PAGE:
“STAR ANIS”: ENTERTAININGLY GREGARIOUS CUCKOOS ON ABACO


Smooth-billed Ani, TCGC Hole 11 - Becky Marvil

“STAR ANIS”: ENTERTAININGLY GREGARIOUS CUCKOOS ON ABACO 

The Smooth-billed Ani (Crotophaga ani) is the third member of the cuckoo family found on Abaco, the others being the MANGROVE CUCKOO and the YELLOW-BILLED CUCKOO. Anis range from Florida and the Bahamas in the north, down through the Caribbean to South America, where they are widespread.

Ani Range Map (Xeno-Canto) jpg

Smooth Billed Ani, Abaco - Nina Henry 2a

Unlike their shy and retiring cuckoo cousins, anis are extrovert shouty birds that like to hang out in noisy gangs. Large groups can quite often be found in the low scrub at the Highway end of the Delphi drive; and you may well find a posse of them in settlements such as Sandy Point. You’ll probably hear them from some way off, sounding like this:

Leonardo Ordóñez-Delgado / Xeno Canto

Smooth-billed Anis_Abaco - Tony Hepburn

Anis have advanced parenting and chick-rearing skills, sharing not only communal nesting sites but also egg incubation and feeding the chicks. They are also what my mother might have called ‘fast’, raising up to three broods in a season. Rather touchingly, the young of earlier broods help to feed more recent chicks.

Smooth-billed Anis Abaco - Gerlinde Taurer d

I have tried to discover why an ani’s beak is as it is, without much success. Very often beak shape relates directly to the feeding habits and preferences of a species, but it is hard to see how a diet consisting mainly of insects and small reptiles such as lizards would account for such a prominent proboscis. Here is a close-up of the item in question (thanks, Roselyn Pierce).
On Abaco (and indeed elsewhere) Anis are sometimes known as ‘Cemetery Birds’, no doubt because of their all-black appearance (their raucous tendencies would be quite inappropriate for a graveyard…). [Nicolette Russell has contacted me to say that she has always known them as Rain Crows] However although at a distance these birds may look completely black, catch one in the sun at the right angle, and you’ll find that the plumage is far more varied, and with some intricate patterning.

Smooth-billed Ani. Abaco Bahamas Tom Sheley

Look for Anis in low scrubland and coppice, cultivated areas, perched in unsteady bickering rows on utility lines… and on the ground.

Smooth-billed Ani, Abaco. Gerlinde Taurer c

The appearance and flying abilities of Anis are wonders to behold. As I wrote in The Birds of Abaco, “Their curious heavy beaks, their clumsy flight and their untidy take-off and landing routines suggest a design fault”.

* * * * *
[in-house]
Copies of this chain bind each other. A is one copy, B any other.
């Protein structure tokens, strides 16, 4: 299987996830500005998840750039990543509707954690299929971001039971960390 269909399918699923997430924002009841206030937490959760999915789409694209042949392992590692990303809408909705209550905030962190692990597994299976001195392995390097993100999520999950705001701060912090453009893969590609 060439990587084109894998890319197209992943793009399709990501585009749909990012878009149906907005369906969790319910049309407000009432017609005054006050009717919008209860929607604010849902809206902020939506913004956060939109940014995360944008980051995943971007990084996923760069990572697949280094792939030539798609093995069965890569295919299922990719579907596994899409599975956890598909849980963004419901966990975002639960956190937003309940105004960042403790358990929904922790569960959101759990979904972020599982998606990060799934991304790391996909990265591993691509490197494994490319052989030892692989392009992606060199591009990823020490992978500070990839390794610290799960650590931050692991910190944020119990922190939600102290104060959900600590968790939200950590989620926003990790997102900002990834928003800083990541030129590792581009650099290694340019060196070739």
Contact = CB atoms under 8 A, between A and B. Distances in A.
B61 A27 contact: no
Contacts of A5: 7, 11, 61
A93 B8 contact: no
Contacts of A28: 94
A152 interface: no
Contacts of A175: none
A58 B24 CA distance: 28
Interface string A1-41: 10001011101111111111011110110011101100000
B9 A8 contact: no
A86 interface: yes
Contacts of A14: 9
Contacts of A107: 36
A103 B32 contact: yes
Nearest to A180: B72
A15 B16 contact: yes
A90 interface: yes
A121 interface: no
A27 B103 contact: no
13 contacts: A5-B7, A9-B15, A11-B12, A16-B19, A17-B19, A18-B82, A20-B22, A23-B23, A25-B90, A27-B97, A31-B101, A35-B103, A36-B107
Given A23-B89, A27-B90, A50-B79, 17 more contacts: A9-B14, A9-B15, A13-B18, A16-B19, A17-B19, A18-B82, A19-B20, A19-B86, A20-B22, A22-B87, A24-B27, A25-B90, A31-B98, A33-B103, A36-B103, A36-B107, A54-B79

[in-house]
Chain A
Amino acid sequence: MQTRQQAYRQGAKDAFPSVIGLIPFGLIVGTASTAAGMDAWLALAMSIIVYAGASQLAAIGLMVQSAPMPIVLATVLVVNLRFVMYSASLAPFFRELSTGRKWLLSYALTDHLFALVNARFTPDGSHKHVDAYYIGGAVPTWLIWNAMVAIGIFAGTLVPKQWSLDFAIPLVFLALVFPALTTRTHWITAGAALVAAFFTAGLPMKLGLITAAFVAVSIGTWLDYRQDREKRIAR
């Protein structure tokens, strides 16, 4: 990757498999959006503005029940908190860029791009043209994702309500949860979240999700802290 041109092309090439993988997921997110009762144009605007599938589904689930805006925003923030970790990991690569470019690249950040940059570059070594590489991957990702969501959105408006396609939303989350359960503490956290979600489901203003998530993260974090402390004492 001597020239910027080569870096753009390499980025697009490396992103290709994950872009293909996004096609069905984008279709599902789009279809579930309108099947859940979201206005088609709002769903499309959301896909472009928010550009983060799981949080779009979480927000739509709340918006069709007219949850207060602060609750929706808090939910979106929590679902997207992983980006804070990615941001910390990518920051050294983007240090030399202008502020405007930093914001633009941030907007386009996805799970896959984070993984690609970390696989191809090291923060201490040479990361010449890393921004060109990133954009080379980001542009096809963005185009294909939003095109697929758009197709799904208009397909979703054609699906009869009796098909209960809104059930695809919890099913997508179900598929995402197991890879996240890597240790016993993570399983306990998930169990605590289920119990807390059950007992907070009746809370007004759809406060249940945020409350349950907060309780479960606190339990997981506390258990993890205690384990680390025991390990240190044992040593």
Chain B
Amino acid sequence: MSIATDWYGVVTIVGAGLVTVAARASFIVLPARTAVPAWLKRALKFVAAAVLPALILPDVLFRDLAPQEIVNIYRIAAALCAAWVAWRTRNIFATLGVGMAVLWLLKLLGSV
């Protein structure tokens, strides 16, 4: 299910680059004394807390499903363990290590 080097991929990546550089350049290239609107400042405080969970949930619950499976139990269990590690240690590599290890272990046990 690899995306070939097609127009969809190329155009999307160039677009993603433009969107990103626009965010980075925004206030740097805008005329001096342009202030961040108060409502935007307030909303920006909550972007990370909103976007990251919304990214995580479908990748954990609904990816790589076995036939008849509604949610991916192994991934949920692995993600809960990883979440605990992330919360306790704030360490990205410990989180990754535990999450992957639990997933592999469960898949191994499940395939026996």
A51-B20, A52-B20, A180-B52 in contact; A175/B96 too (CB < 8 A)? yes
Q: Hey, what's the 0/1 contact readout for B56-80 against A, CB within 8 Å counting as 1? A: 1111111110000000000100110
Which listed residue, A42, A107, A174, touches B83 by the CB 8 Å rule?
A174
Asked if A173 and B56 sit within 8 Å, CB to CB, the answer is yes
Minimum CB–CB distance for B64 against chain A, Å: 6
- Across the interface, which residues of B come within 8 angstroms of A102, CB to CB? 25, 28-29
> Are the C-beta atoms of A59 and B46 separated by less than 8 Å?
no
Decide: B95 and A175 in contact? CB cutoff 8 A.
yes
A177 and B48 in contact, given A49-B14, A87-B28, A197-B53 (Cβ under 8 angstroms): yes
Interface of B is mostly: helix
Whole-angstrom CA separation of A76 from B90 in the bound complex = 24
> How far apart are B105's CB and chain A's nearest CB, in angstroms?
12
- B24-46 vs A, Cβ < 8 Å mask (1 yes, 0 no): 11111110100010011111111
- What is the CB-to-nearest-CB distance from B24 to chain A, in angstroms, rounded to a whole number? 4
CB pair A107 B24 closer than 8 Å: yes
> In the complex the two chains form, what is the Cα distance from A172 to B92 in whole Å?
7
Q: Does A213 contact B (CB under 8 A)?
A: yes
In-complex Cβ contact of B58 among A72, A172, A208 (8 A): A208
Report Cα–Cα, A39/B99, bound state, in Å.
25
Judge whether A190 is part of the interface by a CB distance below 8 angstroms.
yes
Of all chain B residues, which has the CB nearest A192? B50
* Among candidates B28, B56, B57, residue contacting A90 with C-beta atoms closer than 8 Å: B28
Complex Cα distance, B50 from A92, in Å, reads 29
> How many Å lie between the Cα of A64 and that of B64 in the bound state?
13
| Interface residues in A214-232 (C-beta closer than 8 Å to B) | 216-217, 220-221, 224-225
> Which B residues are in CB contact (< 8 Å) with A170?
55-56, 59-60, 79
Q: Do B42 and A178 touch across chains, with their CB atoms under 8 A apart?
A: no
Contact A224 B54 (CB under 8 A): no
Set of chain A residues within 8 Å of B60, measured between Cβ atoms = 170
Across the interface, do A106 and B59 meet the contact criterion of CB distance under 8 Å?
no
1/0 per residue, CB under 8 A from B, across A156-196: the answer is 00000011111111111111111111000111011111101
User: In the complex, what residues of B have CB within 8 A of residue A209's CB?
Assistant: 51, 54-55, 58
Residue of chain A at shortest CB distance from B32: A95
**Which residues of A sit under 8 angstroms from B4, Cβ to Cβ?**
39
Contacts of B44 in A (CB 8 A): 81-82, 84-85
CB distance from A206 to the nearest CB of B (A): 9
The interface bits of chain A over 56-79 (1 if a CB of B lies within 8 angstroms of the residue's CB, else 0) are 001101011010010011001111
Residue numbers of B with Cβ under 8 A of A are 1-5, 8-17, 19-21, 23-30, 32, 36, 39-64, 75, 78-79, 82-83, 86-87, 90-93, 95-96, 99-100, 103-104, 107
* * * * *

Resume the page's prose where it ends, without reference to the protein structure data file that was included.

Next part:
Smooth Billed Ani, Abaco - Nina Henry 1a

“One… is the loneliest number…” oh, hang on a moment…Smooth-billed Ani Abaco - Gerlinde Taurer a

…”two of us…standing solo in the sun…”Smooth-billed Ani, Abaco (Gerlinde Taurer) b

As far as I know, there is not yet a collective noun for a group of anis. There should be. Any suggestions welcome via the comment box. Meanwhile I put forward A Commotion of Anis”

Smooth-biled Ani, Abaco - Bruce Hallett

Credits: Becky Marvil, Nina Henry, Tony Hepburn, Gerlinde Taurer, Roselyn Pierce, Tom Shelley, Bruce Hallett; Xeno Canto for range map & sound file; Hat tip to Aimee Mann.

“Star Anis” – do not confuse with Star Anise. One can fly, the other cannotStar Anise Spice (Tesco)

7 thoughts on ““STAR ANIS”: ENTERTAININGLY GREGARIOUS CUCKOOS ON ABACO

  1. Pingback: Cuckoos’ eggs in great reed warbler nests, new study | Dear Kitty. Some blog

    • Well now at least you can out a name to the culprit, Cindy! I’ve never heard about them attacking property in that way. Maybe it was attacking its own reflection, in the way that some birds do. Or had you left a tasty-looking lizard on the front seat, maybe? RH

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  2. These birds are just beautiful. One of my favorite native species on Abaco. All my life I have heard the older folks on Abaco calling them ‘ Rain Crows’ do not know why, but that’s what I have called them as well. until I read this post I never new the correct term for them or what species of bird they were. thank you for your wonderful pictures and information.

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    • Hi Nicolette, thanks for your comment, much appreciated. I’d forgotten about ‘Rain Crows’ – thanks for reminding me, I’ll add that snippet. I love the old local names for some of the birds. Thanks for calling in at Rolling Harbour

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